I’ve lost count of the number of different productions – let alone casts – which I’ve seen in Rossini’s The Barber of Seville, but I can’t recall a single one in which Dr Bartolo comes over as the main character. However, that’s the impression left by Andrew Slater’s imposingly sung and acted physician in Thomas Guthrie’s new production for English Touring Opera.

Imagine Shaw’s trio of medicos from The Doctor’s Dilmma lethally crossed with Sir Lancelot Spratt from Doctor in the House, and you have an idea of this particular sawbones (bedside manner is not his strong point). His “Quando mi sei vicina” deliberately sung under the note is a particular delight but so is his stage presence and strong, well-enunicated bass.

Then there’s Don Basilio, usually the leading dark voice. Guthrie has un-frocked him while Alan Fairs contributes fine singing but no real sense of the mischief-stirrer, affairs-meddler par excellence which is surely the essence of the role. Even “La calunnia” doesn’t bite, though he’s as funny as he should be in the Act Two quintet, materialising from his supposed sickbed and (eventually) exiting with inducements to a chorus of “Buona seras”.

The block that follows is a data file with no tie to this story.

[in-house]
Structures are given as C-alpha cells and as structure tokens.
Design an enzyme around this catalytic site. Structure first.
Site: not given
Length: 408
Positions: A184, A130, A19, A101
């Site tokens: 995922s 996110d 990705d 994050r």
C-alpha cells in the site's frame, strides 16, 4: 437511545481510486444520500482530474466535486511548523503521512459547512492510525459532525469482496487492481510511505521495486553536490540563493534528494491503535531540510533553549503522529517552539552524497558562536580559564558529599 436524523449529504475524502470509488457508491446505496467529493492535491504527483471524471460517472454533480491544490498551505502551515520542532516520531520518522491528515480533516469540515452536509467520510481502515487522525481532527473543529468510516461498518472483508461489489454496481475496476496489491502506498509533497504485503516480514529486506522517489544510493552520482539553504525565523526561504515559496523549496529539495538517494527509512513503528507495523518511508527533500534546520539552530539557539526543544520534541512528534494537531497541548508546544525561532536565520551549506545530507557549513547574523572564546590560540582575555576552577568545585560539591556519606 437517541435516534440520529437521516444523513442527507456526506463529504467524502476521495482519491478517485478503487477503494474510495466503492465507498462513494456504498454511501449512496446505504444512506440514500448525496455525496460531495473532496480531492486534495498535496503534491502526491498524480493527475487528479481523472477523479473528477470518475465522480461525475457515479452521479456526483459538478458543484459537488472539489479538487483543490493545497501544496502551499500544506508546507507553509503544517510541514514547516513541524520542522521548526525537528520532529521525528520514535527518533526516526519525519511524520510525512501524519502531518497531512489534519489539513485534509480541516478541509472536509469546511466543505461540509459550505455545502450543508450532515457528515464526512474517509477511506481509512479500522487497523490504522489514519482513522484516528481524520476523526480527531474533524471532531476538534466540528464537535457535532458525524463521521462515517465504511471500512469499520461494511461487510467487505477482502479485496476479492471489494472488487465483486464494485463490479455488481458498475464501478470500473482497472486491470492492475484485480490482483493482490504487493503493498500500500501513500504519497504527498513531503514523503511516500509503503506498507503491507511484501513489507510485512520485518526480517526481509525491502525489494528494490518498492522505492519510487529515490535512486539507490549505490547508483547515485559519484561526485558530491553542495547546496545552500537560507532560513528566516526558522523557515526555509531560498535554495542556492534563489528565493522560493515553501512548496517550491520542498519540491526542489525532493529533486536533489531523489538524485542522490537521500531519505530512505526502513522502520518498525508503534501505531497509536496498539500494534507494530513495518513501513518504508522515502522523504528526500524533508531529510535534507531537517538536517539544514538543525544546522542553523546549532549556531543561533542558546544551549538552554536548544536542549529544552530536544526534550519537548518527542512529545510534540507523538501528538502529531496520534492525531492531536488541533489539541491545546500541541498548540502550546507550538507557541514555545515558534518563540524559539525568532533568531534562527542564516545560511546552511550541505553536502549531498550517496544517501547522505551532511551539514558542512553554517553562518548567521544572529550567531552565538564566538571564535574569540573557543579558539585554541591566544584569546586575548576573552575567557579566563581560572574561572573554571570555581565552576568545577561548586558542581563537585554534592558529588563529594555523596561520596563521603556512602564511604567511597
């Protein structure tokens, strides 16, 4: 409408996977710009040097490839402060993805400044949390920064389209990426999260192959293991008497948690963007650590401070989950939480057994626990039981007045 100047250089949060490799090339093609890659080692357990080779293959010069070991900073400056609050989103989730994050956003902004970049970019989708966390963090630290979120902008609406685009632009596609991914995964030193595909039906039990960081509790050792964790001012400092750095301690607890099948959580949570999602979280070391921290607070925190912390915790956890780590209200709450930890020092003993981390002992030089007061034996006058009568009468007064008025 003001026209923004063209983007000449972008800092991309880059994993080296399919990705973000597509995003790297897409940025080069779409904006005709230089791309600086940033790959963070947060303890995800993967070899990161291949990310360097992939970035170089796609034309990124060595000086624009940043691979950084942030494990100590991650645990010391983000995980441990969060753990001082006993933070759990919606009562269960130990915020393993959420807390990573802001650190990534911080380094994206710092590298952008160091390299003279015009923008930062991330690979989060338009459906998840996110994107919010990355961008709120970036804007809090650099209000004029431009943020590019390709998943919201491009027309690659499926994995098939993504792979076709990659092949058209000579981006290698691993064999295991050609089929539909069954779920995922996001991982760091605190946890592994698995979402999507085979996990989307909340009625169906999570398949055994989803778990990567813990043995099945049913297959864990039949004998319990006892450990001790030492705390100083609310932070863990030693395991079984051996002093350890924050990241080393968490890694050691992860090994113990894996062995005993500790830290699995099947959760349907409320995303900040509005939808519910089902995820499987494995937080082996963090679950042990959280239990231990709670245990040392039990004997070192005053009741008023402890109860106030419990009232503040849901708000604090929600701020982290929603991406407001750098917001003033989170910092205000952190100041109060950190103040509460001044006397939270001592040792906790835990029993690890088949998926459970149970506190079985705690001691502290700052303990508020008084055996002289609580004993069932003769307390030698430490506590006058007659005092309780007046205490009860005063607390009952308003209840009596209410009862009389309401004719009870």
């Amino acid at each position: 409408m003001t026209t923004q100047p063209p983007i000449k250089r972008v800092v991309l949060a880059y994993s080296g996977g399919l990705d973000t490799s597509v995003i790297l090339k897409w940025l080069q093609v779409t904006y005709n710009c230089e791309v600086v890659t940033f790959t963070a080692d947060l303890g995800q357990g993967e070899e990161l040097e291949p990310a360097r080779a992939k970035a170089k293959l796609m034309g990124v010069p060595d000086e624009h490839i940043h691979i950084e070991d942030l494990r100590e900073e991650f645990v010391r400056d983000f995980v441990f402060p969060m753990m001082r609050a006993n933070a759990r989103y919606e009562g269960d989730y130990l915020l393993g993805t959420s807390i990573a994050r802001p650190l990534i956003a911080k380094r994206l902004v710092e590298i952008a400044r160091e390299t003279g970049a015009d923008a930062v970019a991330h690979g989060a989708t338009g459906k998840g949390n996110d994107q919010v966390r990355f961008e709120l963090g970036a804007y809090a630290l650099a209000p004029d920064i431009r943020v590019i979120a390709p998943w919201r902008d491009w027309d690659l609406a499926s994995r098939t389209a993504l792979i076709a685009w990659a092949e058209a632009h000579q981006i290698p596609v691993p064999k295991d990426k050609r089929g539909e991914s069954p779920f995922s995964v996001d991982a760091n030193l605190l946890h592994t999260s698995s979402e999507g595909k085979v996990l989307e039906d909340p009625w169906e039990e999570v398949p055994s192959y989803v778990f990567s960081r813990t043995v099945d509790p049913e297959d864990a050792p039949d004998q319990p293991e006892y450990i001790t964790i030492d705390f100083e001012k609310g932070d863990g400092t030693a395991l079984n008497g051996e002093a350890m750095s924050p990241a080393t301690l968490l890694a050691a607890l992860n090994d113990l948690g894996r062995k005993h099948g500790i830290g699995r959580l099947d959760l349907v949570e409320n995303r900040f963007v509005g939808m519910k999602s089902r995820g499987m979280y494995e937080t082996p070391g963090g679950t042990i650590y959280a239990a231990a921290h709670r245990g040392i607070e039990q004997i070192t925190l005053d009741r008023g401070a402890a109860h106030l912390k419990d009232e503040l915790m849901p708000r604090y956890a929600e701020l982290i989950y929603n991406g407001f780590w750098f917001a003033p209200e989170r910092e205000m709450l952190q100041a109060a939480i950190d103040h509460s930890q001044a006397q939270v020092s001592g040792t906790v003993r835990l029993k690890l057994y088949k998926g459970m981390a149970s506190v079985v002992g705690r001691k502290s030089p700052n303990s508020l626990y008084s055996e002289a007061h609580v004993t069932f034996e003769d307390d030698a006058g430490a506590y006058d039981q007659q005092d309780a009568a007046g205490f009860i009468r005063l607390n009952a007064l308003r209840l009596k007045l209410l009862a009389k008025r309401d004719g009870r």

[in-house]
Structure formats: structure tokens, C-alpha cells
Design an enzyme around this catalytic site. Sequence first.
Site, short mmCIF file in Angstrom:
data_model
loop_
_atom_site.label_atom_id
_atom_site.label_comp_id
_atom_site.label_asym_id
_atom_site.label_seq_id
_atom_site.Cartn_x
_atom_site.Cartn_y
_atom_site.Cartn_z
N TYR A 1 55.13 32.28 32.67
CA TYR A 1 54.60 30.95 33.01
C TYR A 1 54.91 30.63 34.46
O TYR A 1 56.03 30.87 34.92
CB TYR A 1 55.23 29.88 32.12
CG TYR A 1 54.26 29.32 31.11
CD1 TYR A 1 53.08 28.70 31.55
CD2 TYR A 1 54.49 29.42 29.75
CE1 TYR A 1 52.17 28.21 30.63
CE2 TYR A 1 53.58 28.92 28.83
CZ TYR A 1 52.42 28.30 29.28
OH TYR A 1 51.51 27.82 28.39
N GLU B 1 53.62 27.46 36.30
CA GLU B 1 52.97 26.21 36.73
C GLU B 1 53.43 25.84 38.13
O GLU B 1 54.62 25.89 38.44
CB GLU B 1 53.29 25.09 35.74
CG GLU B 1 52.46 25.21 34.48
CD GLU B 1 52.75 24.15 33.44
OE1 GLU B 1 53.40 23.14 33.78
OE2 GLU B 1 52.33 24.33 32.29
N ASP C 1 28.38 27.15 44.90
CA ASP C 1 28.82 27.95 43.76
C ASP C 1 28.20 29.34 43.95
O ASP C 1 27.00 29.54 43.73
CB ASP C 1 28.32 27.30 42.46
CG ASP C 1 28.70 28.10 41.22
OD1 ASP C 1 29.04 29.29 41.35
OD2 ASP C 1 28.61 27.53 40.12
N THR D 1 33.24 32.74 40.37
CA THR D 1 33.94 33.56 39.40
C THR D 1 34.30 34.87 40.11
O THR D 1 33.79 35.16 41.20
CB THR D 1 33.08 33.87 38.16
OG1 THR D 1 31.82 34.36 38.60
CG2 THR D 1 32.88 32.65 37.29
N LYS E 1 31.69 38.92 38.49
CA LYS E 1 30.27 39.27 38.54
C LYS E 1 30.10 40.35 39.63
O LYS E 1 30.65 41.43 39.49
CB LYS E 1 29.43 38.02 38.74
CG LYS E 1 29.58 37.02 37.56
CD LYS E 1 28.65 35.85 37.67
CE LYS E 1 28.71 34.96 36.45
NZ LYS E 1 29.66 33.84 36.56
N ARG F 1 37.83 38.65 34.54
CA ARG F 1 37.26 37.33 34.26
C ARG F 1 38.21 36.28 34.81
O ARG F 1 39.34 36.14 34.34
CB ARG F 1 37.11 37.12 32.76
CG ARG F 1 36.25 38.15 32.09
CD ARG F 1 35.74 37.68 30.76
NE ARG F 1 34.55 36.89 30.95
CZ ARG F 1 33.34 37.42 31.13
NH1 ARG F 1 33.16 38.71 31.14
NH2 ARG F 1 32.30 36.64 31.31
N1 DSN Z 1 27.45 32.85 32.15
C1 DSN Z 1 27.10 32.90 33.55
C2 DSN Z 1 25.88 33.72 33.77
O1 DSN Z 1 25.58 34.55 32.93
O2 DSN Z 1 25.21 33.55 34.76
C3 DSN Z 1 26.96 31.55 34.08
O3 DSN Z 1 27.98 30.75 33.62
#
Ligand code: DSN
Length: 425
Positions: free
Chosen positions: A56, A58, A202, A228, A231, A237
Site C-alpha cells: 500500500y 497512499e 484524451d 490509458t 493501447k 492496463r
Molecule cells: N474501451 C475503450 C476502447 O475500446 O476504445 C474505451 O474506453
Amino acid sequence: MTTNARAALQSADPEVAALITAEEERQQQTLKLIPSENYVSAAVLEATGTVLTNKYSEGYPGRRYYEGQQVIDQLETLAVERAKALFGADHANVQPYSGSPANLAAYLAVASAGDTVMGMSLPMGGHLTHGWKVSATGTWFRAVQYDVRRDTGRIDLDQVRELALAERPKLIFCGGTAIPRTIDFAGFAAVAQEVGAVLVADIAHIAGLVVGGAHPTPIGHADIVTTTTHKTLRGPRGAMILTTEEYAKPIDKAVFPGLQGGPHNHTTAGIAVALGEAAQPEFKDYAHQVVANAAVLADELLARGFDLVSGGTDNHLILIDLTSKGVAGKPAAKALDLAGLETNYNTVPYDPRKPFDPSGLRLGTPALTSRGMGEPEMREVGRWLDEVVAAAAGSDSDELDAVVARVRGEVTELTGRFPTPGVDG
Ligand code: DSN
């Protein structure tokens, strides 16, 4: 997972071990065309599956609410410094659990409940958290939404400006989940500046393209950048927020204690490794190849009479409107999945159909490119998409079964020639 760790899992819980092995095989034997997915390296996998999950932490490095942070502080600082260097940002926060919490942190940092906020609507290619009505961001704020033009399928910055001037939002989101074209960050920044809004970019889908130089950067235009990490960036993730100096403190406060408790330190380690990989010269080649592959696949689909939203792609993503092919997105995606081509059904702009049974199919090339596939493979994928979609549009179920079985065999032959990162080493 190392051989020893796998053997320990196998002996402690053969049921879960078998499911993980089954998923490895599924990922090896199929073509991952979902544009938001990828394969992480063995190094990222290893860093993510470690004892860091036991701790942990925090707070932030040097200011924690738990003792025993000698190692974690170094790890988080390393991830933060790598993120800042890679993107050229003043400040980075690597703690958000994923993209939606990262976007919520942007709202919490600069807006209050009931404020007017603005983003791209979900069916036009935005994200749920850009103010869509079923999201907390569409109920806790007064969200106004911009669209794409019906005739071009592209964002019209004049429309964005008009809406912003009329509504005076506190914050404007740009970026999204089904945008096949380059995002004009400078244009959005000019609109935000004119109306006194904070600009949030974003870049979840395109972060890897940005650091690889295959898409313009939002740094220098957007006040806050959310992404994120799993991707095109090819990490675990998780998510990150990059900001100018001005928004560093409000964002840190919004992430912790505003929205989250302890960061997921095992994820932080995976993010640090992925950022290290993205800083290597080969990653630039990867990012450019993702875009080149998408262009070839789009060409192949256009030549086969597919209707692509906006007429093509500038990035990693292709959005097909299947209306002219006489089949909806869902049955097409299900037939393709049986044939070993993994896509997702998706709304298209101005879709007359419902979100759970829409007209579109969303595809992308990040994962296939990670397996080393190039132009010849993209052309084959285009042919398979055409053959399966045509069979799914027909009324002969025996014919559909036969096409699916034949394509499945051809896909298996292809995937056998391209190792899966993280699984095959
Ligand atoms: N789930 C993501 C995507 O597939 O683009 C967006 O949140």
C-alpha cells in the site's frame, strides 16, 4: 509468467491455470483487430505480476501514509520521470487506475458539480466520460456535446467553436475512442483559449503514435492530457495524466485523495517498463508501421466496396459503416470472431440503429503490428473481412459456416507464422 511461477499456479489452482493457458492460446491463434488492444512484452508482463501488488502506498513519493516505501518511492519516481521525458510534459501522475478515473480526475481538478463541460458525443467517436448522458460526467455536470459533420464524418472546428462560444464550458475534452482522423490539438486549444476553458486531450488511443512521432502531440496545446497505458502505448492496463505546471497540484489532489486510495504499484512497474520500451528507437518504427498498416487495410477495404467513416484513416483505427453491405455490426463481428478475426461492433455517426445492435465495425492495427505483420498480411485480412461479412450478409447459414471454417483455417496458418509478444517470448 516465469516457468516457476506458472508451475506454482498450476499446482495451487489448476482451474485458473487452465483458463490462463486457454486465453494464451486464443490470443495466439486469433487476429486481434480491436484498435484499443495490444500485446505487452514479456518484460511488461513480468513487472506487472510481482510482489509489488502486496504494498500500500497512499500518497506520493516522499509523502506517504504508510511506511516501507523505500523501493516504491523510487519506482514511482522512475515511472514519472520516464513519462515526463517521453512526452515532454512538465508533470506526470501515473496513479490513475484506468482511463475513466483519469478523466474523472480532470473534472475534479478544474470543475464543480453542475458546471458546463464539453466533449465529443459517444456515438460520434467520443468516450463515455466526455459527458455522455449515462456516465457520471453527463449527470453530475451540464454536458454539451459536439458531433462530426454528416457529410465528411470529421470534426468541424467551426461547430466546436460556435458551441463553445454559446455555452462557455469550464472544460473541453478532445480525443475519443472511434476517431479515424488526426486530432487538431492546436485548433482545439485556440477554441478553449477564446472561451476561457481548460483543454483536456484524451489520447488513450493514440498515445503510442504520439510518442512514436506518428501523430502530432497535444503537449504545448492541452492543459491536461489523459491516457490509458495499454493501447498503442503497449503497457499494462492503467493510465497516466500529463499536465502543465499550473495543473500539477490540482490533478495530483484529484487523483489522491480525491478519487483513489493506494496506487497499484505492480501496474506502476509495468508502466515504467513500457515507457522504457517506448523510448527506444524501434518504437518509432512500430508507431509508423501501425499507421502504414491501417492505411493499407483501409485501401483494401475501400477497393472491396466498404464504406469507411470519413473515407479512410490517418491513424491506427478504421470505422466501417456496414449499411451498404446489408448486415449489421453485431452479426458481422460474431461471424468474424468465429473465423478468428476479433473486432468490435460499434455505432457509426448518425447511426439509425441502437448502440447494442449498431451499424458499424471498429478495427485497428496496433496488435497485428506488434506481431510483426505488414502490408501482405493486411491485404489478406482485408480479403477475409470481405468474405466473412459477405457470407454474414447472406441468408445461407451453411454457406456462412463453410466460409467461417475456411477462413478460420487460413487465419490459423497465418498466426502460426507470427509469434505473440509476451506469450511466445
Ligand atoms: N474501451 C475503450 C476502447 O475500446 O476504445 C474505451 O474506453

The three principal characters fit quite comfortably into this somewhat quirky, not to say downright fidgety, production. Kitty Whately has a fluent mezzo-soprano and puts over both Rosina’s pent-up naughtiness and her vulnerability from “Una voce poco fa” through her emotional and physical collapse during the storm (which mirrors her own inner turmoil as Rhys Jarman’s back-drop of Seville shifts and splutters) to her final acceptance of happiness in the “Ah! qual colpo inaspettato” duet.

Nicholas Sharratt has the measure of Almaviva both vocally and histrionically from the Act One serenades to the final rondo (whoever said that tenors can’t act?). Grant Doyle is a Figaro with whom to reckon, and an audience favourite from the opening notes of “Largo al factotum” to his part in the duet with Rosina “Dunque io son”, the various trios and other concerted numbers, notably the Act One finale.

The ETO orchestra seemed to warm to the score after a slightly pedestrian account of the overture. Paul McGrath’conducting is sympathetic to his singers, while initiating the occasional rococo flourish from individual orchestral players – the tuning-up just before Fiorello’s hapless band of no-hope musicians launch into their accompaniment to Almaviva’s serenade makes a collaborative point.

Most of the words in David Parry's translation can be heard, and some if them make a welcome change from older versions. If you know the opera well, then this production furnishes a number of topics for interval and post-show discussion. If you don’t, then it’s an excellent introduction.